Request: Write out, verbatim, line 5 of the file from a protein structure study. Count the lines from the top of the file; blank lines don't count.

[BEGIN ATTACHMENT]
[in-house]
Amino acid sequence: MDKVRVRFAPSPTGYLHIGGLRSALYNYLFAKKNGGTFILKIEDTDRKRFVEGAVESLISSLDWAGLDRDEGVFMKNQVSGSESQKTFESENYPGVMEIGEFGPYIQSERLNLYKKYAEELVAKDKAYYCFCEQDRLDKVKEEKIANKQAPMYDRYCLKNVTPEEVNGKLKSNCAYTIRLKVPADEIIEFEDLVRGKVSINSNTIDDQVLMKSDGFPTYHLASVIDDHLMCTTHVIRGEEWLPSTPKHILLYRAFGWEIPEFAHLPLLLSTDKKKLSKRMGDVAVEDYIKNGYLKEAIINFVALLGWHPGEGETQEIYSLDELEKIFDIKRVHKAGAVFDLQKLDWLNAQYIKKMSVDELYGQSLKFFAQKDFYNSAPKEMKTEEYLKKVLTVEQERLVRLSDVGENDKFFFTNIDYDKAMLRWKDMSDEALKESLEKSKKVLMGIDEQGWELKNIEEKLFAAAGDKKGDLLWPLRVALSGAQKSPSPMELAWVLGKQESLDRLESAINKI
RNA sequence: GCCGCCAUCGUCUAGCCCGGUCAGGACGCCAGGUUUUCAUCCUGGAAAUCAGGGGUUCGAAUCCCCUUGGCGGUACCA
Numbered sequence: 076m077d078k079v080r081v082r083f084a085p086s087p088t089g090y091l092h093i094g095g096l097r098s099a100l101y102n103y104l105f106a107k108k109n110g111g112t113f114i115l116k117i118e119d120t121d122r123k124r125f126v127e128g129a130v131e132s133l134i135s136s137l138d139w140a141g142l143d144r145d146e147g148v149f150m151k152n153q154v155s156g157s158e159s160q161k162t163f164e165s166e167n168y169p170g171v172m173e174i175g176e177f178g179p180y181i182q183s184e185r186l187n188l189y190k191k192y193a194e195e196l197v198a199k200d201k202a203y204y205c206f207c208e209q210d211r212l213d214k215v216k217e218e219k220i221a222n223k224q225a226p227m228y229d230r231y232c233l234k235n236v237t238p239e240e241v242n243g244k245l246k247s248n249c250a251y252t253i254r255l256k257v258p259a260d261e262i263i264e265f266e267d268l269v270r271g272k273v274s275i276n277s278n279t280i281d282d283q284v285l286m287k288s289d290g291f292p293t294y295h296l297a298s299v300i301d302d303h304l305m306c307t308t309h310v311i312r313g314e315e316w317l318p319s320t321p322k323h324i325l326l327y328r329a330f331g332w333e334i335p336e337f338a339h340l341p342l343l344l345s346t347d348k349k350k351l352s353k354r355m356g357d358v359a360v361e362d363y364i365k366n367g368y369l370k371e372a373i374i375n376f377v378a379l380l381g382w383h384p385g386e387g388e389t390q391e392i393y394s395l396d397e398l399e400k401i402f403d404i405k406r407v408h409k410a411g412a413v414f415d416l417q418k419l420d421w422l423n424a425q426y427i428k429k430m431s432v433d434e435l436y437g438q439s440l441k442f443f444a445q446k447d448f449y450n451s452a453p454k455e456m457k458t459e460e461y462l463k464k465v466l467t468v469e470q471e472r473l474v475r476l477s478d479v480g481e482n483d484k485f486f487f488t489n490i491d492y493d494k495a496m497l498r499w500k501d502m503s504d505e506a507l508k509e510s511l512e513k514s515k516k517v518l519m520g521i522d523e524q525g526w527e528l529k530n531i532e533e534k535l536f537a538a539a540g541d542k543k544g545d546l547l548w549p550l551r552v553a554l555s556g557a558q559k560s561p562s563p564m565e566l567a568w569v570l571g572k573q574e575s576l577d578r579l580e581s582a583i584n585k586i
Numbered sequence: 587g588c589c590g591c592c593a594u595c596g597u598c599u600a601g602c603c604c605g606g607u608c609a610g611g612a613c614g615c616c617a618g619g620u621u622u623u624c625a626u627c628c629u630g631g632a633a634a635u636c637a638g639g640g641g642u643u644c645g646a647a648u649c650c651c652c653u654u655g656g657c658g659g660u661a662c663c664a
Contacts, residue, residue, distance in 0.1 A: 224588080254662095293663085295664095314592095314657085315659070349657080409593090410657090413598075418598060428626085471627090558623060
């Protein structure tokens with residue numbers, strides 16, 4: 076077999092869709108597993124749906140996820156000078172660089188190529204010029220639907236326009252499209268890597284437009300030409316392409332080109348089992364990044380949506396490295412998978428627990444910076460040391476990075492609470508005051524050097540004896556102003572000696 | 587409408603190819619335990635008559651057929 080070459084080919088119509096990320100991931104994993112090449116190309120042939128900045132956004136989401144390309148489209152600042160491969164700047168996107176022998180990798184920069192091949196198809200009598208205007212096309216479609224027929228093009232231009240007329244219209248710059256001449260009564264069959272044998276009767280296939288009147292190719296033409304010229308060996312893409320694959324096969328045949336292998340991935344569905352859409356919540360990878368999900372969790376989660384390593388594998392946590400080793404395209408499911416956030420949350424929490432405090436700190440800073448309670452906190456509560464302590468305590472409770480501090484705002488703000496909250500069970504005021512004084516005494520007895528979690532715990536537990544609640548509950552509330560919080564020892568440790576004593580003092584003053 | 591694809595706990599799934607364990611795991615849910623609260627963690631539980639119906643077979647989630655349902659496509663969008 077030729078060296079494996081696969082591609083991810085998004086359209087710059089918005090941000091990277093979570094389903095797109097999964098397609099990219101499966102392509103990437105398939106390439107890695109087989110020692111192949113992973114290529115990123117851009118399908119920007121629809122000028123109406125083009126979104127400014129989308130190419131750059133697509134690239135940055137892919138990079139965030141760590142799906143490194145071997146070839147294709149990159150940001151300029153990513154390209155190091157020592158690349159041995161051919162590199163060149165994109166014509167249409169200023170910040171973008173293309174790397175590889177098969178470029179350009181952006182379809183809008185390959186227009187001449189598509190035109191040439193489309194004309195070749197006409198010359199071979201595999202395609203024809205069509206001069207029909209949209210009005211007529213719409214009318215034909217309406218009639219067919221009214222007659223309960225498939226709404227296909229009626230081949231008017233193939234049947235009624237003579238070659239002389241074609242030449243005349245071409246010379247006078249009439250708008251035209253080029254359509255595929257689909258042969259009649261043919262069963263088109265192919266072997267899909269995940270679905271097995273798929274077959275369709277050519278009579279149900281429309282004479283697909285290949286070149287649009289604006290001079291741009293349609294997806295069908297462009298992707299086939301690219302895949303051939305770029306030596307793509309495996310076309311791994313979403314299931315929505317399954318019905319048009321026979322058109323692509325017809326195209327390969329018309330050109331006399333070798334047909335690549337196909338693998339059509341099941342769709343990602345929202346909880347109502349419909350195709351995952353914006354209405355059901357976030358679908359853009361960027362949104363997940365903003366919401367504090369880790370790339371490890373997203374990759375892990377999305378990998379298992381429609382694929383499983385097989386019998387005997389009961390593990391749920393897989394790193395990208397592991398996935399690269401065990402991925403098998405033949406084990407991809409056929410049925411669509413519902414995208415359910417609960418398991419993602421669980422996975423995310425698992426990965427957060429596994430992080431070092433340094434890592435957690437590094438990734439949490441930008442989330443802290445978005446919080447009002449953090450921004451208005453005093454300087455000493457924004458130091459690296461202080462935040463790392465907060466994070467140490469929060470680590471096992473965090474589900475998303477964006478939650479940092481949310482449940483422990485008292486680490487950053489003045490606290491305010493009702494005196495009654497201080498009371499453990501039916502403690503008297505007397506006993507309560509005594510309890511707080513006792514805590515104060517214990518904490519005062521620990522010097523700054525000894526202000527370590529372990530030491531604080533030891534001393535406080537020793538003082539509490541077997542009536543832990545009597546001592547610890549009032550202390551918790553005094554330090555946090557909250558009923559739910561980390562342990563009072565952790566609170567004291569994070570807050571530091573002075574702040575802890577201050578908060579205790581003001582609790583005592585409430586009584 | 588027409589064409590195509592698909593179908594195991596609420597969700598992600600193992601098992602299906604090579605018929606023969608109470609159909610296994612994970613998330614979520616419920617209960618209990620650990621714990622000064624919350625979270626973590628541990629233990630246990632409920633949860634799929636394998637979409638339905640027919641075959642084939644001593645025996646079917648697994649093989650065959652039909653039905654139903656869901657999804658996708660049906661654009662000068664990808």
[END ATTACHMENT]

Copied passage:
Numbered sequence: 587g588c589c590g591c592c593a594u595c596g597u598c599u600a601g602c603c604c605g606g607u608c609a610g611g612a613c614g615c616c617a618g619g620u621u622u623u624c625a626u627c628c629u630g631g632a633a634a635u636c637a638g639g640g641g642u643u644c645g646a647a648u649c650c651c652c653u654u655g656g657c658g659g660u661a662c663c664a